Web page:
"Christianity is not a philosophy, not a doctrine, but life." Archimandrite Sophrony
Raised in the Protestant church, I remember being about 5 years old and attending a class to "prove" I was ready to go to communion. I had been baptized as an infant, but children did not receive communion until they were ready to make a statement of faith. Years before their introduction to the Orthodox church my parents knew deep down the importance of the Eucharist and were anxious to have me become a communing member of the church as early as possible. I think I was the youngest person to ever attend that class - I remember being surrounded by adults and a handful of teenagers. I remember being asked to tell about when I became a Christian, and I remember giving the answer my dad had helped me prepare - explaining that I had no conversion "moment" to share, but that I had always loved Jesus and could not remember a time when I did not believe in God.
This memory was brought to my mind recently when a priest related to me a very simple yet powerful way to demonstrate to our children the importance of the Eucharist in our salvation. Often our children are confused by phrases such as "do you have a personal relationship with Christ?" or "have you asked Jesus into your heart?" and the emphasis on personal scripture reading as the crux of our relationship with God.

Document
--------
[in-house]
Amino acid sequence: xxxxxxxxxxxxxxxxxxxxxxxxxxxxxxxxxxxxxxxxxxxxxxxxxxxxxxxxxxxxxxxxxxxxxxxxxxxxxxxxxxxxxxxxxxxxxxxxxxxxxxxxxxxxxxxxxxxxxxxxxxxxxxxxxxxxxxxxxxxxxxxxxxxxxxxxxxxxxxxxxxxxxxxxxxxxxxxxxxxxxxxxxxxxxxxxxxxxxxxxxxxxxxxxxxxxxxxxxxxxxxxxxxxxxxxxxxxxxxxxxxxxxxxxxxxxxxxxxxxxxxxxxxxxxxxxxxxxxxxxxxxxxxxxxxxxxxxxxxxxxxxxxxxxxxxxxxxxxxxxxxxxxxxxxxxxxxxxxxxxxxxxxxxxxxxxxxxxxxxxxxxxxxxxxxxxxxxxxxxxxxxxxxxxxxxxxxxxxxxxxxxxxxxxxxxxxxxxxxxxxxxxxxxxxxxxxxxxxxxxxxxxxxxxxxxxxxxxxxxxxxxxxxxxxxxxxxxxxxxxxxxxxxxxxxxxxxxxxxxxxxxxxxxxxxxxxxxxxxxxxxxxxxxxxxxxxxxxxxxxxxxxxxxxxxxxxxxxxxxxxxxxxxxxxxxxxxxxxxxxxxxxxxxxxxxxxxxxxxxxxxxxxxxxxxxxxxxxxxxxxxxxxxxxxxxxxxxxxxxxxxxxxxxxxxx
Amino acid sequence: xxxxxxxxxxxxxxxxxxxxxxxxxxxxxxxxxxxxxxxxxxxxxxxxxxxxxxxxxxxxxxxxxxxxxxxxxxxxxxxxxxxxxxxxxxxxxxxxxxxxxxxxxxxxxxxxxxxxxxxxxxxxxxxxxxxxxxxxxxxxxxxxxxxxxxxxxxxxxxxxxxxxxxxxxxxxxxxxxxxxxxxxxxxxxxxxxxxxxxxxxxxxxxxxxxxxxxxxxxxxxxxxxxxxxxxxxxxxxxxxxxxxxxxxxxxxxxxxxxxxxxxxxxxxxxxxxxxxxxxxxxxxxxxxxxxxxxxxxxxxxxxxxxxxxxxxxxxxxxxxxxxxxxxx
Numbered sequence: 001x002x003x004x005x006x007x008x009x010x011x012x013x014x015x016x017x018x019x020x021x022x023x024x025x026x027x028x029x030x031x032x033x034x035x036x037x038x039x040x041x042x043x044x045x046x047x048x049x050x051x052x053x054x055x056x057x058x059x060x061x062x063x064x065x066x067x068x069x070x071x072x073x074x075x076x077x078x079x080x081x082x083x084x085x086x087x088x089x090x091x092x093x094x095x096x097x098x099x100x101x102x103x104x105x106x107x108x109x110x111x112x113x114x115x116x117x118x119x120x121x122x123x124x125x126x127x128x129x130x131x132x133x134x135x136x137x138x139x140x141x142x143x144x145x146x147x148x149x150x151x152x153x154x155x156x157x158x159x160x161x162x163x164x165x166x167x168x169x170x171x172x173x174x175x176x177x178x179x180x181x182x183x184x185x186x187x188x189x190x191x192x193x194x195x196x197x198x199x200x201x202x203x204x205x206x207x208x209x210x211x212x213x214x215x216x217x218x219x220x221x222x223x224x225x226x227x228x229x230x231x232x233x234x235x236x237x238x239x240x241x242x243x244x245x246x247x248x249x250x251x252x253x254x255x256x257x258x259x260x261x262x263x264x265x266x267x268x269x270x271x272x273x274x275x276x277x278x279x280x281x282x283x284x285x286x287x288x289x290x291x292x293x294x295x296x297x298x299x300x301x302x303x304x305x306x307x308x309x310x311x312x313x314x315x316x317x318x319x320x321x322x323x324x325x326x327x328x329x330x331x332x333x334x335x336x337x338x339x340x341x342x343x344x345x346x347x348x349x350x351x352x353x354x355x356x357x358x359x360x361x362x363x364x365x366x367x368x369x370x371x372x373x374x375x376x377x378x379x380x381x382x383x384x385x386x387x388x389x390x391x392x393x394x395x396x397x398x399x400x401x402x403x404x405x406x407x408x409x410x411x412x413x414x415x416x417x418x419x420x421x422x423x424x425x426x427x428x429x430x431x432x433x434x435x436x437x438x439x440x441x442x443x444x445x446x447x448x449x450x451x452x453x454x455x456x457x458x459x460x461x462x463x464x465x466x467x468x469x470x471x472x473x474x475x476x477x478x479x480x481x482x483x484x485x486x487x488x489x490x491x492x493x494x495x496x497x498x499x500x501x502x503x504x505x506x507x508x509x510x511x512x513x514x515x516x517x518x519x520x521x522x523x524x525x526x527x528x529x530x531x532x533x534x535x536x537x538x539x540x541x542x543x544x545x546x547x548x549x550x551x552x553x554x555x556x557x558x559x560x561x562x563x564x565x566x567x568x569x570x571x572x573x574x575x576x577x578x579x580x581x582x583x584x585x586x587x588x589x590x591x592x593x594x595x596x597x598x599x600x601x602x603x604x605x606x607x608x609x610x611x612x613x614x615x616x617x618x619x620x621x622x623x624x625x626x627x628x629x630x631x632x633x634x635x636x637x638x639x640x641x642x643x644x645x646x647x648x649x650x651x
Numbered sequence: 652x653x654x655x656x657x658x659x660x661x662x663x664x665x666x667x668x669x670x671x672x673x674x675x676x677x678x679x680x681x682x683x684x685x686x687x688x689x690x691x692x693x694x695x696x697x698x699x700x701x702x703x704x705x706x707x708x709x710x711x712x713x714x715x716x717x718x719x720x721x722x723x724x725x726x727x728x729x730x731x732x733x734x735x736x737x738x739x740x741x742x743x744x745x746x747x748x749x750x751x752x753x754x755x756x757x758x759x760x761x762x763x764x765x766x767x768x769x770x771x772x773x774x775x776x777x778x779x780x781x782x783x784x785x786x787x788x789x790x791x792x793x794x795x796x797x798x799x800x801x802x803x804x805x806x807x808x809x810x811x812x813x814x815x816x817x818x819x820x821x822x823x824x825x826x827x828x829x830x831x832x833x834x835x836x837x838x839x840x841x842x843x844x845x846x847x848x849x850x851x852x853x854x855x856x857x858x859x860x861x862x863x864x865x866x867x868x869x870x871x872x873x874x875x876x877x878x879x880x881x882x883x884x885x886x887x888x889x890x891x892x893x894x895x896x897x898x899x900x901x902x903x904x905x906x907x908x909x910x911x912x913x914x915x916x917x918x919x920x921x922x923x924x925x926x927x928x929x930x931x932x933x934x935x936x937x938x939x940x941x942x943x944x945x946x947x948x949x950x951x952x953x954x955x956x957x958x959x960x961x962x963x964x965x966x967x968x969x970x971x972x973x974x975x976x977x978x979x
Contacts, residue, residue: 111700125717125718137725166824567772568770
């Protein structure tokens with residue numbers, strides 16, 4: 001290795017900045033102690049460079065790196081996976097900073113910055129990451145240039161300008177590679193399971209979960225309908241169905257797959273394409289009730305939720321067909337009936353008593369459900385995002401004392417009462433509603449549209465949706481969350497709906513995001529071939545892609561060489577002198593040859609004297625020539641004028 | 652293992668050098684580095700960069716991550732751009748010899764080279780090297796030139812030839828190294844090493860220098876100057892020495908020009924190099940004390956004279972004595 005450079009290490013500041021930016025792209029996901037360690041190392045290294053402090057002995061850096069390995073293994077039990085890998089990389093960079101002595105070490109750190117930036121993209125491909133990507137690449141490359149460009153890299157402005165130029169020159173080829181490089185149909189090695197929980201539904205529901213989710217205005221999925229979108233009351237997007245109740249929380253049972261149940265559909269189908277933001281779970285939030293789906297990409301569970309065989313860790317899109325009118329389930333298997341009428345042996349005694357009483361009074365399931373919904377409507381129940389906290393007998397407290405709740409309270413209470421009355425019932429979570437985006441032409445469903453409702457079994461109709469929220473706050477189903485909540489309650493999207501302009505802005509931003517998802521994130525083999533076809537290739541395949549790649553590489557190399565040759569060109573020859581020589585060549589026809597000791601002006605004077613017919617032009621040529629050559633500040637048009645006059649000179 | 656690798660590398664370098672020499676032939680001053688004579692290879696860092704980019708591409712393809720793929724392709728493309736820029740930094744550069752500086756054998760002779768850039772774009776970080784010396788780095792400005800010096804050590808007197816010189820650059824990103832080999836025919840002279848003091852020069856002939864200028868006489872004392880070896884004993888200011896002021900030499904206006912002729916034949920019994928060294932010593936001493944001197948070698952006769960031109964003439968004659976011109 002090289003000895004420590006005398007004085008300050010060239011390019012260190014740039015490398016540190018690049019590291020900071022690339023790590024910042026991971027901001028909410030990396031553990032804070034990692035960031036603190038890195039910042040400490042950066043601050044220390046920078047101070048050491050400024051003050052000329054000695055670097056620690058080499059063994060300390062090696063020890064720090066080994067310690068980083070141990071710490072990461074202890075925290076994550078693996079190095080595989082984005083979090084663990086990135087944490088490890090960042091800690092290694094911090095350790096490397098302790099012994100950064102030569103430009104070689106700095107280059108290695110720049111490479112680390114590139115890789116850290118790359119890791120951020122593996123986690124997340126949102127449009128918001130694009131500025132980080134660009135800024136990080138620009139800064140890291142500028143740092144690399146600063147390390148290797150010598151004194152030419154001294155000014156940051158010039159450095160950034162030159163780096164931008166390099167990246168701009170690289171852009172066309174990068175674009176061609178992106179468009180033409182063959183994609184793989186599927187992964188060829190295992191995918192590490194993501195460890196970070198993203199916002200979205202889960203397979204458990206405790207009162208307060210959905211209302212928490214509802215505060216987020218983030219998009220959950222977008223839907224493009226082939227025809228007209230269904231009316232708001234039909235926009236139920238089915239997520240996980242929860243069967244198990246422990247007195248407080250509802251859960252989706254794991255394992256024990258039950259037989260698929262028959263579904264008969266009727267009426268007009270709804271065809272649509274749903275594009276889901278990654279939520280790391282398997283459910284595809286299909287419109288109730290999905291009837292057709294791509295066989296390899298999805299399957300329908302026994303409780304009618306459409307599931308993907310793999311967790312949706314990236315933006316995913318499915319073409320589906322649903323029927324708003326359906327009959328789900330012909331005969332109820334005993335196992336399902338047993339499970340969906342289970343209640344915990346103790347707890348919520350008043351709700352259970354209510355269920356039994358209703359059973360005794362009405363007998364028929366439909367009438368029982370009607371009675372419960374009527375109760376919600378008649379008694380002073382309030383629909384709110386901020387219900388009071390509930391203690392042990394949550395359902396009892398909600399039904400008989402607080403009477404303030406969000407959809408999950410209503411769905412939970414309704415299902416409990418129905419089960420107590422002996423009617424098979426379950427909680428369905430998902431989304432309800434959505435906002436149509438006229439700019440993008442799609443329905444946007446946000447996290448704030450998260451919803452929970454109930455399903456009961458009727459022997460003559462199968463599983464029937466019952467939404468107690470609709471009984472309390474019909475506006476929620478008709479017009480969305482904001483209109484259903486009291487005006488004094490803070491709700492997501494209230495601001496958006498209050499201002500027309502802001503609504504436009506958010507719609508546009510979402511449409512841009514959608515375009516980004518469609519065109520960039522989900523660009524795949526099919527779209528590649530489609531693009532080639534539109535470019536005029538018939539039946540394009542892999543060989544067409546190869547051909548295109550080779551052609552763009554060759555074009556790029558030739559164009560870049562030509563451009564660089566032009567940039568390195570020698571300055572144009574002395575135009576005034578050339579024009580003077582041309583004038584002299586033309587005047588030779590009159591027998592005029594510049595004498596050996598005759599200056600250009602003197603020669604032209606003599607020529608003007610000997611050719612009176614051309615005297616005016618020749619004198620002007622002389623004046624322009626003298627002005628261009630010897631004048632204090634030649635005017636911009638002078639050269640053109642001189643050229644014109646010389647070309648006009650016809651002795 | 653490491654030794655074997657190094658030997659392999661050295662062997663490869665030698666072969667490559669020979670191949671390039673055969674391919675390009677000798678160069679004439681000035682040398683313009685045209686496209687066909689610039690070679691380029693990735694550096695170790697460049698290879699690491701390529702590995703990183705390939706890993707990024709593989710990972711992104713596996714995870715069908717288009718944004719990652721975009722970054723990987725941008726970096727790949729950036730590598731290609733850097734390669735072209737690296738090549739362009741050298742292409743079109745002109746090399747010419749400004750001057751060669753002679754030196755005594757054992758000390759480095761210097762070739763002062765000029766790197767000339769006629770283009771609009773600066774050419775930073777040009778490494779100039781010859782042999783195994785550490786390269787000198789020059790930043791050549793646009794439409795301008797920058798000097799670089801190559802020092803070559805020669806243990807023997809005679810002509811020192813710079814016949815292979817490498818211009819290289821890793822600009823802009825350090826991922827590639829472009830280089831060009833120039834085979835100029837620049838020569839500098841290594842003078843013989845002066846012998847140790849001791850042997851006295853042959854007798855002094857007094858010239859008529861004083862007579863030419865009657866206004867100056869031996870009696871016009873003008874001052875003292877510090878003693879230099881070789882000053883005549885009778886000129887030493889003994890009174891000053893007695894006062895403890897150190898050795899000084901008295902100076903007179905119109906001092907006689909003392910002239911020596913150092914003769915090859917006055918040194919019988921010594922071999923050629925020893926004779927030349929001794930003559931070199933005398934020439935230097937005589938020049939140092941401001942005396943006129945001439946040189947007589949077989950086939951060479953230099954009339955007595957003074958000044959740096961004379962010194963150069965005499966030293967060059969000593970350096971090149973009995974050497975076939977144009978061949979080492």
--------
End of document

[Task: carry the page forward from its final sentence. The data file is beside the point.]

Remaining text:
His advice was to bake cookies with your children. Then, set the cookies aside without tasting them. Instead of eating the cookies, have the kids sit down and read the recipe. After reading the recipe, allow them to eat the cookies, and ask them, which was the true experience - reading about cookies, or eating them? Such a simple yet moving example of the Orthodox experience of God. Yes, it is important and necessary to read the recipe, but that does not allow us to truly experience cookies. We must read and learn about God through the scriptures, but the Eucharist is the crucial relationship with Christ. We must read about Him, we must seek to be like Him, but most importantly, we must commune with Him, becoming one with Him through the Eucharist."Orthodoxy is nothing less than a relationship with God" Archimandrite Meletios Weber